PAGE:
[gmx-developers] Reaction Filed crash!
David van der Spoel
spoel at xray.bmc.uu.se
Sun Dec 18 16:21:34 CET 2011
On 12/18/11 12:48 AM, baptista at itqb.unl.pt wrote:
>>> We can also discuss if, as a general rule, using a continuum reaction
>>> field is better or worse than using a lattice method such as PME, but
>>> is a different issue. Like many other people (Wilfred van Gunsterem,
>>> Warshel, Alan Mark, Philippe Hünenberger, etc), I'm really not convinced
>>> that lattice methods offer any real advantage, because I find the
>>> published evidences for either their benefits or their artifacs to be
>>> rather weak or contradictory.
>> For HOMOGENEOUS systems, then I agree; the configurations sampled can be
>> achieved by cheaper methods than PME -- basically, the configurations are
>> dominated by short-range effects, and beyond a certain range, all that
>> extra interactions do is affect the overall energy, which can be
>> pretty well by many methods (including reaction field).
>> When lattice methods are needed is inhomogeneous systems, such as
>> and interfaces, because the long range order affects the configurations
>> sampled, and RF and other continuum methods simply can't handle those
>> properties will depend on cutoffs, etc.
> Indeed, the symmetry of those systems is totally different and much more
> in line with a lattice model than with a a spherical isotropic RF.
> Still, the artificial periodicity along the normal to the interface may
> sometimes lead to strange effects, as in the case of a charged bilayer
> (charged lipids and/or adsorbed counterions). We know that the electric
> field should not decay as you move away from one of the monolayers
> (charged plate), because the oblique contributions from the infinite
> surface exactly cancel that decay -- a somewhat counter-intuitive effect
> due to the long-ranged order effects that you mention, and which would
> never be captured by a standard RF. However, in addition to
> realistically mimicking the infinite interface, a lattice model also
> places in the normal-oriented boxes a parallel copy of the oposite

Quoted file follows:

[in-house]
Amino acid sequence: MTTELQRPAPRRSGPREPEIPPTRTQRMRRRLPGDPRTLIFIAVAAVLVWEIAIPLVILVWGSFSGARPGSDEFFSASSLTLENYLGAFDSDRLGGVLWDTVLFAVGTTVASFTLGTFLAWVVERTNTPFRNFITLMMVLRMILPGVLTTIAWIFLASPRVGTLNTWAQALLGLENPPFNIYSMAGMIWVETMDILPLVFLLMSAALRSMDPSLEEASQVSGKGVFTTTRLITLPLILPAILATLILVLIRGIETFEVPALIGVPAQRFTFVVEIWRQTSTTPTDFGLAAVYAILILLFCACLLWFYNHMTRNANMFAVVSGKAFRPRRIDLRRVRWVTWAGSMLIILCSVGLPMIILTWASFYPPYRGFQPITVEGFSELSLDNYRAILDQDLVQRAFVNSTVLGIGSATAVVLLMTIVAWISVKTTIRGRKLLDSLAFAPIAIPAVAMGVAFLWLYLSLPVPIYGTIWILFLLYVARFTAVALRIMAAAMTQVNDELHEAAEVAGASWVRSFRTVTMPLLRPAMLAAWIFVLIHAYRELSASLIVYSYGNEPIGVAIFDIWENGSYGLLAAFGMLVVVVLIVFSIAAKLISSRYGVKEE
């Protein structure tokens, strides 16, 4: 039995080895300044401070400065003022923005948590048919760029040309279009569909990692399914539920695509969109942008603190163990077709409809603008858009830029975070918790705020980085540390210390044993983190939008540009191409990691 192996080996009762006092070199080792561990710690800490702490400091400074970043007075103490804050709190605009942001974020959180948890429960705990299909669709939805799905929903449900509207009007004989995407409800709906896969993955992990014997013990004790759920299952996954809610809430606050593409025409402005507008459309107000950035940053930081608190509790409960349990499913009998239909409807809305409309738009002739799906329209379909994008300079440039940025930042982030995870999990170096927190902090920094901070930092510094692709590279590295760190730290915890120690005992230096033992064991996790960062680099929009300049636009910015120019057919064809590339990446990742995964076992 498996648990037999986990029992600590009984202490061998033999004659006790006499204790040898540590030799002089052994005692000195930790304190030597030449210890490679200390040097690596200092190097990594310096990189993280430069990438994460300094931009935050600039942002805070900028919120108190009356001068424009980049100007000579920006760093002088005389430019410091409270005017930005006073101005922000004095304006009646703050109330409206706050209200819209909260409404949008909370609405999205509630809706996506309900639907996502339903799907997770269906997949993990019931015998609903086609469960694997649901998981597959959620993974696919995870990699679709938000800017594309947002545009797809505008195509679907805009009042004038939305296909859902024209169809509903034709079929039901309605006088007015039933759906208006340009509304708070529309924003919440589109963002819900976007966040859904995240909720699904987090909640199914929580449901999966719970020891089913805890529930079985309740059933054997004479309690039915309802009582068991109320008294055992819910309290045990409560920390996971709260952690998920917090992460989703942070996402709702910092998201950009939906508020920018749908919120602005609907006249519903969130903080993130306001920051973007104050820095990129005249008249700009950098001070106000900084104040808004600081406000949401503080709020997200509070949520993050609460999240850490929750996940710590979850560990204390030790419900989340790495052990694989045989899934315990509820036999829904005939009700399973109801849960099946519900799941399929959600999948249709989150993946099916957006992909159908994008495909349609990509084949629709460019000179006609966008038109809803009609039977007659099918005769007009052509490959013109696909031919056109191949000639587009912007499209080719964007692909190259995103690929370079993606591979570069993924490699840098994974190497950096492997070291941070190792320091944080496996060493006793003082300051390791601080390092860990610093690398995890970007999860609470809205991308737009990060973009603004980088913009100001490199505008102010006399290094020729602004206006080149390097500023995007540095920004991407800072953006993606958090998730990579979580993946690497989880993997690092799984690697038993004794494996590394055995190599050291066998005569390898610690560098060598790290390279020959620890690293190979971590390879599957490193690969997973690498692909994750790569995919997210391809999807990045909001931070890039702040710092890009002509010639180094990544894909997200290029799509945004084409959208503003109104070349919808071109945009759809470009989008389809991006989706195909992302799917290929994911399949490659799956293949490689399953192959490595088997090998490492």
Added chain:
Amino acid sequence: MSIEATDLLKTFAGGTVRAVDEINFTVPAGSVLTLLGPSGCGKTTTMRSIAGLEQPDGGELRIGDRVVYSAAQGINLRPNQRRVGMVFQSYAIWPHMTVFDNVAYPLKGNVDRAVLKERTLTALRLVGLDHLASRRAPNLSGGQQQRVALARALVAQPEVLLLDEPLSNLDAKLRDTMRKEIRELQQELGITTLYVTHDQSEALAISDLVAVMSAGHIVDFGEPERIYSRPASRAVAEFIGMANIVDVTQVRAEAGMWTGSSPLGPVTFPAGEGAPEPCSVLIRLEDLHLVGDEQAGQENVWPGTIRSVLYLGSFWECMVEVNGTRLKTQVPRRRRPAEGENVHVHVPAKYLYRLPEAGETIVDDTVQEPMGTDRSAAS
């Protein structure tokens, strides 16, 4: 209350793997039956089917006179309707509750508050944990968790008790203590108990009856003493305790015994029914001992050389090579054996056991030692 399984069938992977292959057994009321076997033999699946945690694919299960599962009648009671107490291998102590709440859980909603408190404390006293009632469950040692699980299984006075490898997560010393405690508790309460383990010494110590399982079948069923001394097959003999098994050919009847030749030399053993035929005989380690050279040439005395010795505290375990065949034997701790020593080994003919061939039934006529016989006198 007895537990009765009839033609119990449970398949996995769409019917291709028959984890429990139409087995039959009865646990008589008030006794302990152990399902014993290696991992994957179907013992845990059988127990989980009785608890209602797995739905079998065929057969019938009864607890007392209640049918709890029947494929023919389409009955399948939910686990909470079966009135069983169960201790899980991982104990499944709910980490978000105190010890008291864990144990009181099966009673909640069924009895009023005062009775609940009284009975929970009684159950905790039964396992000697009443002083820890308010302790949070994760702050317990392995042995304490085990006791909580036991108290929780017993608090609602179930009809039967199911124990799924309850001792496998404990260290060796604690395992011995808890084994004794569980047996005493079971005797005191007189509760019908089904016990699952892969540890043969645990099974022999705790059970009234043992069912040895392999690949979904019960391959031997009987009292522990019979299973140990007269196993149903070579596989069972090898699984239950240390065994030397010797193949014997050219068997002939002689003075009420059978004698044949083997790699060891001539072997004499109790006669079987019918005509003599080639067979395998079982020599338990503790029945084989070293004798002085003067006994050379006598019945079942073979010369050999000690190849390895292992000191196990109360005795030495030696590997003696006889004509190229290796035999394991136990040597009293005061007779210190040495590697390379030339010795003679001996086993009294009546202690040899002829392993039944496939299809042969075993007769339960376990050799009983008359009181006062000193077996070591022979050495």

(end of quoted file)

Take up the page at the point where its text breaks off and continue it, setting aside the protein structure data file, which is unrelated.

> similarly charged monolayer, so that the field in the solvent region
> would cancel (two identically charged parallel plates), and so we lose
> the constant field that is so typical of a charged interface... So,
> lattice models seem a mixed blessing in this case. Actually, we are
> currently considering and testing alternative approaches to use with
> charged membranes, so any thoughts are welcome.
If you have a charged membrane with sufficient counter ions (and salt)
you have a dipolar system and the field will fall off with distance from
the membrane, if you leave out the counter-ions it will remain constant.
Using PBC the field will be enhanced artificially. We have derived an
analytical relation for this effect in the supporting information of
this paper: http://dx.doi.org/10.1002/anie.200703987
Your best bet is to establish using PME and counter-ions how large the
PBC effect is, then you can probably change the epsilon_surface slightly
to reduce the effect. The exact value should depend on the box size. I
have not tried this myself though.
David van der Spoel, PhD, Professor of Biology
Dept. of Cell and Molecular Biology, Uppsala University.
Husargatan 3, Box 596, 75124 Uppsala, Sweden
phone: 46 18 471 4205 fax: 46 18 511 755
spoel at xray.bmc.uu.se spoel at gromacs.org http://folding.bmc.uu.se
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